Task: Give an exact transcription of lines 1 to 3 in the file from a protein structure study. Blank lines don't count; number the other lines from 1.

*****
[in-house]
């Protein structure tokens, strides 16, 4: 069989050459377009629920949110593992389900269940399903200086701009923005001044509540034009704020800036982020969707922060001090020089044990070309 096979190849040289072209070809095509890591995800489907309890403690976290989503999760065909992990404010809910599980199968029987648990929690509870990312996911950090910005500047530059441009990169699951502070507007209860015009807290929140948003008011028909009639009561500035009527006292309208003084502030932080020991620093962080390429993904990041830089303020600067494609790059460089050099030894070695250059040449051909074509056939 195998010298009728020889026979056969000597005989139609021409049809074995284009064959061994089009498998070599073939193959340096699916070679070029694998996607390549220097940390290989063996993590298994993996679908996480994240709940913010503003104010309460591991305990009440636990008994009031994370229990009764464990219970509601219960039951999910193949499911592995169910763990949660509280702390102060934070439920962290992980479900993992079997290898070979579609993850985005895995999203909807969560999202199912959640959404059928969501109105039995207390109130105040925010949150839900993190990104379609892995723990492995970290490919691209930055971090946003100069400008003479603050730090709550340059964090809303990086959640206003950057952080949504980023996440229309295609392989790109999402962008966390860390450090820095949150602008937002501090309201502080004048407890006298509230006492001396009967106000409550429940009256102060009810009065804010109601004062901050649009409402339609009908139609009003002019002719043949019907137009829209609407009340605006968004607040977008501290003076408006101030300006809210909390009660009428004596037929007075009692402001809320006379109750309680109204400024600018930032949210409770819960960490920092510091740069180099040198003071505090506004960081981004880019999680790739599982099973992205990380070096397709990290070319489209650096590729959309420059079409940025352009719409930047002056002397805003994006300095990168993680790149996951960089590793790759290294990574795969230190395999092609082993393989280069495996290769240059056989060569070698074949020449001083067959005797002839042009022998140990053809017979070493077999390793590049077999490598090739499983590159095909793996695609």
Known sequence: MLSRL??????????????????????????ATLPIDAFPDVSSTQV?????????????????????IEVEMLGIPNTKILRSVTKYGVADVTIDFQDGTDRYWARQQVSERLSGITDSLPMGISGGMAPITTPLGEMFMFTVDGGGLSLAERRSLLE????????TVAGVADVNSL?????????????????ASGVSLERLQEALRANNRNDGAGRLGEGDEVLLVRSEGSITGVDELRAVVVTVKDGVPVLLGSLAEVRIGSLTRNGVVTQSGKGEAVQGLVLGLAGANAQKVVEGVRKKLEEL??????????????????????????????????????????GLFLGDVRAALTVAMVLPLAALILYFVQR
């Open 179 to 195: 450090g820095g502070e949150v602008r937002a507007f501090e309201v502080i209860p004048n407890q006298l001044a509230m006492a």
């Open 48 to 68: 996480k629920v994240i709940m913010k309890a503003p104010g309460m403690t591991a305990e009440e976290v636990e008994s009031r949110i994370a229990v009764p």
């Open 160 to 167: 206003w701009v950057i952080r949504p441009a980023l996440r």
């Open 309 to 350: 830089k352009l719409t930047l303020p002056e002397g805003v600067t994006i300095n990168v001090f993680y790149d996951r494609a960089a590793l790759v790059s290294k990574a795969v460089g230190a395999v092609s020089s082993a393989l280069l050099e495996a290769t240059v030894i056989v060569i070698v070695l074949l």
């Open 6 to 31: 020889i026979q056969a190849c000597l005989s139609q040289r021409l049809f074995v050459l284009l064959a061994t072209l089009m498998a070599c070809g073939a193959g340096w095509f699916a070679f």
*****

[in-house]
């Protein structure tokens, strides 16, 4: 069989050459377009629920949110593992389900269940399903200086701009923005001044509540034009704020800036982020969707922060001090020089044990070309 096979190849040289072209070809095509890591995800489907309890403690976290989503999760065909992990404010809910599980199968029987648990929690509870990312996911950090910005500047530059441009990169699951502070507007209860015009807290929140948003008011028909009639009561500035009527006292309208003084502030932080020991620093962080390429993904990041830089303020600067494609790059460089050099030894070695250059040449051909074509056939 195998010298009728020889026979056969000597005989139609021409049809074995284009064959061994089009498998070599073939193959340096699916070679070029694998996607390549220097940390290989063996993590298994993996679908996480994240709940913010503003104010309460591991305990009440636990008994009031994370229990009764464990219970509601219960039951999910193949499911592995169910763990949660509280702390102060934070439920962290992980479900993992079997290898070979579609993850985005895995999203909807969560999202199912959640959404059928969501109105039995207390109130105040925010949150839900993190990104379609892995723990492995970290490919691209930055971090946003100069400008003479603050730090709550340059964090809303990086959640206003950057952080949504980023996440229309295609392989790109999402962008966390860390450090820095949150602008937002501090309201502080004048407890006298509230006492001396009967106000409550429940009256102060009810009065804010109601004062901050649009409402339609009908139609009003002019002719043949019907137009829209609407009340605006968004607040977008501290003076408006101030300006809210909390009660009428004596037929007075009692402001809320006379109750309680109204400024600018930032949210409770819960960490920092510091740069180099040198003071505090506004960081981004880019999680790739599982099973992205990380070096397709990290070319489209650096590729959309420059079409940025352009719409930047002056002397805003994006300095990168993680790149996951960089590793790759290294990574795969230190395999092609082993393989280069495996290769240059056989060569070698074949020449001083067959005797002839042009022998140990053809017979070493077999390793590049077999490598090739499983590159095909793996695609």
Known sequence: MLSRL??????????????????????????ATLPIDAFPDVSSTQV?????????????????????IEVEMLGIPNTKILRSVTKYGVADVTIDFQDGTDRYWARQQVSERLSGITDSLPMGISGGMAPITTPLGEMFMFTVDGGGLSLAERRSLLE????????TVAGVADVNSL?????????????????ASGVSLERLQEALRANNRNDGAGRLGEGDEVLLVRSEGSITGVDELRAVVVTVKDGVPVLLGSLAEVRIGSLTRNGVVTQSGKGEAVQGLVLGLAGANAQKVVEGVRKKLEEL??????????????????????????????????????????GLFLGDVRAALTVAMVLPLAALILYFVQR